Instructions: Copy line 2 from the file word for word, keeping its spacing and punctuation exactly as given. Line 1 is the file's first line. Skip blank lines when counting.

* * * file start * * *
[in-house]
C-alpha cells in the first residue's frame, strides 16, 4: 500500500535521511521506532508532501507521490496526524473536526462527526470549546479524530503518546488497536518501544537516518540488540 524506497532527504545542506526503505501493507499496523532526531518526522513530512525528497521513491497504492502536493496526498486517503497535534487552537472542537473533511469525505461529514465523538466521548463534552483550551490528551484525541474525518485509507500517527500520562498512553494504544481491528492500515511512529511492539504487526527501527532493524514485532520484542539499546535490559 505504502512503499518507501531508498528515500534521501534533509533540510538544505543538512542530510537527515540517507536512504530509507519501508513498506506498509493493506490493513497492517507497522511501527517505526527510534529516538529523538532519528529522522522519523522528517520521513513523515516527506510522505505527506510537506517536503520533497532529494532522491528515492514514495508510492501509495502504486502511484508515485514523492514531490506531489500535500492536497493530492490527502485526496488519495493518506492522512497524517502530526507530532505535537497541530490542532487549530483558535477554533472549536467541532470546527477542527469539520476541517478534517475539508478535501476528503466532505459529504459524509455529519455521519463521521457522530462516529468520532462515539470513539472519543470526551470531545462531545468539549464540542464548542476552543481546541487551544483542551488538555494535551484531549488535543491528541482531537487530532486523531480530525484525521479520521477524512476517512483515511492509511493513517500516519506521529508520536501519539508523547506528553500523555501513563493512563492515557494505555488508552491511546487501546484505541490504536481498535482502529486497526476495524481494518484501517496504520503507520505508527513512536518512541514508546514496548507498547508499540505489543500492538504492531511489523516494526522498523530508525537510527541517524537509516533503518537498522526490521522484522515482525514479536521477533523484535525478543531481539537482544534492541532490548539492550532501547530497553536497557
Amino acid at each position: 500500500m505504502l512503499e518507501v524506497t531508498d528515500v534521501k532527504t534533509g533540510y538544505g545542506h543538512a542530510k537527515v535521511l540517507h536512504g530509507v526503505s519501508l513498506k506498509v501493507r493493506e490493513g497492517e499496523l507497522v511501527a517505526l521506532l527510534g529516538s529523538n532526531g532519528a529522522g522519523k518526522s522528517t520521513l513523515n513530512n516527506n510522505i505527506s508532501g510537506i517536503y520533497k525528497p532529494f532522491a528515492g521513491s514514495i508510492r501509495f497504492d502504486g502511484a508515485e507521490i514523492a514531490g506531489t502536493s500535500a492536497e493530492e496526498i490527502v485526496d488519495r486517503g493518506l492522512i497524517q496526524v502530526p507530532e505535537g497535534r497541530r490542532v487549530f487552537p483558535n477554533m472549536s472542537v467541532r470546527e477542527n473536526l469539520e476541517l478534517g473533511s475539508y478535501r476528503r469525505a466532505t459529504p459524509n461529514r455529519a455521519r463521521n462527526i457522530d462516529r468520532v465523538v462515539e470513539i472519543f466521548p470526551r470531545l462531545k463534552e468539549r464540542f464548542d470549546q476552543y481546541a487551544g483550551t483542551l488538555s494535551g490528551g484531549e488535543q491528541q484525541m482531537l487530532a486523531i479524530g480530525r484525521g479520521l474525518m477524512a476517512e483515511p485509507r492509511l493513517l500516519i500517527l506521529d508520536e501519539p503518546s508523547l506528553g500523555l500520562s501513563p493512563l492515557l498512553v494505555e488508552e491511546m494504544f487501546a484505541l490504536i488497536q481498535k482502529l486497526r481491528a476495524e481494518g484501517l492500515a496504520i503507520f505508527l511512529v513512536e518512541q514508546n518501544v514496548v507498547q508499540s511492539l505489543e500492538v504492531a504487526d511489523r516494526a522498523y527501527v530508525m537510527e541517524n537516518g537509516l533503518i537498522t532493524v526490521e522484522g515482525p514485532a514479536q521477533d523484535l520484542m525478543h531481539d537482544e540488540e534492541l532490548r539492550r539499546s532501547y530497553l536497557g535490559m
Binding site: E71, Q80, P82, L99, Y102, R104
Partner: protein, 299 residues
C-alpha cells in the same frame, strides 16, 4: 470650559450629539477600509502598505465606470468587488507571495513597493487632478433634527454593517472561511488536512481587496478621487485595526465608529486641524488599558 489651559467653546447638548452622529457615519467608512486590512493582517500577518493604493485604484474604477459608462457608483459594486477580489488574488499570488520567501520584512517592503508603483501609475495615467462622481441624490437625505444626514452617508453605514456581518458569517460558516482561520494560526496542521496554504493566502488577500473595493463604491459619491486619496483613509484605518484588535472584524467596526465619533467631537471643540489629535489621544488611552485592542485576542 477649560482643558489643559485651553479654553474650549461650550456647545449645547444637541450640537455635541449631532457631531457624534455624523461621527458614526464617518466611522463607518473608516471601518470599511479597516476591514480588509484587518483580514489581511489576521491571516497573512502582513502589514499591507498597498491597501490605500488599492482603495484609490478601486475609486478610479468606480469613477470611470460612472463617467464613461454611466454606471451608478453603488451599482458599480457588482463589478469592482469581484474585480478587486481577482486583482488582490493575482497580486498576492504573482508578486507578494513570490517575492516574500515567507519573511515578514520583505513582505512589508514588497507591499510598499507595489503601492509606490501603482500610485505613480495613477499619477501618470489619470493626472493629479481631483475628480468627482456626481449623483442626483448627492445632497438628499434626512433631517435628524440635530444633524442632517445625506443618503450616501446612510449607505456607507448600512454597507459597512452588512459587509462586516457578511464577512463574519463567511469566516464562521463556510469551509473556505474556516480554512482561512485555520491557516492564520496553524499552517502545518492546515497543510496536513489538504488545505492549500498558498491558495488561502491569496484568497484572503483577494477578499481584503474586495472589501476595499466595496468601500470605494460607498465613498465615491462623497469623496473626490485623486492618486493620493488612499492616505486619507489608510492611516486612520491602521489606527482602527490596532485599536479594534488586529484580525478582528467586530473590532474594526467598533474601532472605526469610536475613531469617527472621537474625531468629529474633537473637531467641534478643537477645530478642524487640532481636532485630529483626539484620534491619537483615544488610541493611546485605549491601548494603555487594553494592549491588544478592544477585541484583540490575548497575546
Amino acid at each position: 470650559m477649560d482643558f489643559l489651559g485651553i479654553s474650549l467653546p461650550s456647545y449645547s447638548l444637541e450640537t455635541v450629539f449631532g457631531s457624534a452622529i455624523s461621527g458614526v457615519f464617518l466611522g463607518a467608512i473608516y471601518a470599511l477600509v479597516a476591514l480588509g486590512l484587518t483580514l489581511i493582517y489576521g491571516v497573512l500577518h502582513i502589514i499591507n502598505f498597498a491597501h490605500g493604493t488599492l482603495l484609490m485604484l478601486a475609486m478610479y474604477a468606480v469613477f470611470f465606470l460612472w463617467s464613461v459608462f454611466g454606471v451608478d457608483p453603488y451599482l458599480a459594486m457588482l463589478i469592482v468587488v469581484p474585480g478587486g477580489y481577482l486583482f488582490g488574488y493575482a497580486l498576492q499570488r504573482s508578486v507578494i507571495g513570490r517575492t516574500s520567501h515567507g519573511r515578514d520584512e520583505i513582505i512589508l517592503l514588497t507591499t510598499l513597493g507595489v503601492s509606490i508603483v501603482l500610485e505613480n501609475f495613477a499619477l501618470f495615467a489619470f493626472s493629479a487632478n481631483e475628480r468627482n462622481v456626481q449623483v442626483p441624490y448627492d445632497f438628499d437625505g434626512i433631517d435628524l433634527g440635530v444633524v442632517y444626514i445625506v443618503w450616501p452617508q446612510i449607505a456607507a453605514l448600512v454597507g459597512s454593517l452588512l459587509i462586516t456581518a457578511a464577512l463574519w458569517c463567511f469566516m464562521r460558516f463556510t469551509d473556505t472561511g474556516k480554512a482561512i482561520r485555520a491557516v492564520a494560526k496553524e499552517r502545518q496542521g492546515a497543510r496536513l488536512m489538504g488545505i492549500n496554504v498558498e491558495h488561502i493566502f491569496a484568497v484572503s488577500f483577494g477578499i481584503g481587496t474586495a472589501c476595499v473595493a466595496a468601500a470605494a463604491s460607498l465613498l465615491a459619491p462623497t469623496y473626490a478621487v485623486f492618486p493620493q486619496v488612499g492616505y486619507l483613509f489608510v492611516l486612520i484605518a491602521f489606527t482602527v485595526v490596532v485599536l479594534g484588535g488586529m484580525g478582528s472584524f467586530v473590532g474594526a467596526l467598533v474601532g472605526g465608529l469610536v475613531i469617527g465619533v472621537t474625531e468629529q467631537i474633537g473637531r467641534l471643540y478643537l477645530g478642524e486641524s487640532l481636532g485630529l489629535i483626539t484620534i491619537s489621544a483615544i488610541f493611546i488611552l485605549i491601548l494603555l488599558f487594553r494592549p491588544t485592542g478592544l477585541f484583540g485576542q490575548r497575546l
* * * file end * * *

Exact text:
C-alpha cells in the first residue's frame, strides 16, 4: 500500500535521511521506532508532501507521490496526524473536526462527526470549546479524530503518546488497536518501544537516518540488540 524506497532527504545542506526503505501493507499496523532526531518526522513530512525528497521513491497504492502536493496526498486517503497535534487552537472542537473533511469525505461529514465523538466521548463534552483550551490528551484525541474525518485509507500517527500520562498512553494504544481491528492500515511512529511492539504487526527501527532493524514485532520484542539499546535490559 505504502512503499518507501531508498528515500534521501534533509533540510538544505543538512542530510537527515540517507536512504530509507519501508513498506506498509493493506490493513497492517507497522511501527517505526527510534529516538529523538532519528529522522522519523522528517520521513513523515516527506510522505505527506510537506517536503520533497532529494532522491528515492514514495508510492501509495502504486502511484508515485514523492514531490506531489500535500492536497493530492490527502485526496488519495493518506492522512497524517502530526507530532505535537497541530490542532487549530483558535477554533472549536467541532470546527477542527469539520476541517478534517475539508478535501476528503466532505459529504459524509455529519455521519463521521457522530462516529468520532462515539470513539472519543470526551470531545462531545468539549464540542464548542476552543481546541487551544483542551488538555494535551484531549488535543491528541482531537487530532486523531480530525484525521479520521477524512476517512483515511492509511493513517500516519506521529508520536501519539508523547506528553500523555501513563493512563492515557494505555488508552491511546487501546484505541490504536481498535482502529486497526476495524481494518484501517496504520503507520505508527513512536518512541514508546514496548507498547508499540505489543500492538504492531511489523516494526522498523530508525537510527541517524537509516533503518537498522526490521522484522515482525514479536521477533523484535525478543531481539537482544534492541532490548539492550532501547530497553536497557